The number of people reporting rape has risen, but the number of convictions has fallen. Something is going very badly wrong with the system.

f you have just been raped and you would like to pursue justice, I hope you know what to do. When the rape is over, do not wash, brush your teeth, eat, drink or smoke. Do not change your clothes or clear up any mess. If you can help it, do not go to the toilet.

Intellectually, I understand this advice; no one wants to wash away forensic evidence. But I have never met a woman, or indeed a man, who, after being raped, didn’t immediately shower or sit in the bath scrubbing themselves, trying to wash away the sins of the perpetrator. The victim might often then choose to tell no one; sometimes for years, sometimes forever.Rape: why isn’t justice being done

In the past month, we have watched as Christine Blasey Ford gave evidence, before the eyes of the world, about an alleged sexual assault when she was 15, at a house party. This was a party she was not meant to have been attending, and the incredulity with which her account was greeted by some – including Donald Trump, who mocked her at a rally – struck me as false, because the idea that she would not have spoken out as a teenager is entirely plausible. But then recently we have found out, repeatedly, how little some men know, or want to know, about women’s lives.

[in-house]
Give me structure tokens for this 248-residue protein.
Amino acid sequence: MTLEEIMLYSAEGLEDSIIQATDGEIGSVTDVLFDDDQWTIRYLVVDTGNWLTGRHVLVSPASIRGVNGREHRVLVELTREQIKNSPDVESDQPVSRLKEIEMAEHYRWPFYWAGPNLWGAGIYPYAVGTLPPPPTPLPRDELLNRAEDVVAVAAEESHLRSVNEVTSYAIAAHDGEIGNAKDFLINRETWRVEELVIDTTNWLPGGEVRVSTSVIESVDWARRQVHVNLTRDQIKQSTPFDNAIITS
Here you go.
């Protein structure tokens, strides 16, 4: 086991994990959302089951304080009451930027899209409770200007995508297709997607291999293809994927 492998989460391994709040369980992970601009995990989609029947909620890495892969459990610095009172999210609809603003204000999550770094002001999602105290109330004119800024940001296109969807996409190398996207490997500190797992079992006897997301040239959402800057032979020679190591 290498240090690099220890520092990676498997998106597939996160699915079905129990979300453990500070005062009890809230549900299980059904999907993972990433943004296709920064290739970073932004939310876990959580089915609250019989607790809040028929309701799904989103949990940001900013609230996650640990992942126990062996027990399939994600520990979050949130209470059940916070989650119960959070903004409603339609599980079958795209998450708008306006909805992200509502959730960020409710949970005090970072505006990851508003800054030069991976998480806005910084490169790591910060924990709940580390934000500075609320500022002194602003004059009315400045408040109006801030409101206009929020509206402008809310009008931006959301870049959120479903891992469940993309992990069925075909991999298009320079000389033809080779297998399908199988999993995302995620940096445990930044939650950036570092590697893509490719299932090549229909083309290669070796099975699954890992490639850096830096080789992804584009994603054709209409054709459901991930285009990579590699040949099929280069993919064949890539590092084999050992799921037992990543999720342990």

Over the past year, the #MeToo movement and the Time’s Up initiative have enabled famous women to speak out, then ordinary women, too. There has never been a moment in history when more people have publicly shared their experiences of sexual assault. All of us who have been hassled, molested and assaulted, pre- and post-puberty, all of us who have felt ready to put up our hands and say “me too”, have embraced a hashtag that has enabled us to connect and show the ubiquity of rape. No more hiding, no more shame; what has been done to us hurts and keeps hurting, and there is solace in sharing.

The Brett Kavanaugh hearing triggered the latest in several waves of testimony that have broken over the past six years. Katie Russell, a spokeswoman for the charity Rape Crisis England and Wales, says that, in 2012, the Jimmy Savile story brought a spike in calls to the service, followed by another in 2017, when news broke of multiple sexual assault allegations against Harvey Weinstein and other Hollywood figures.

Read more on The Guardian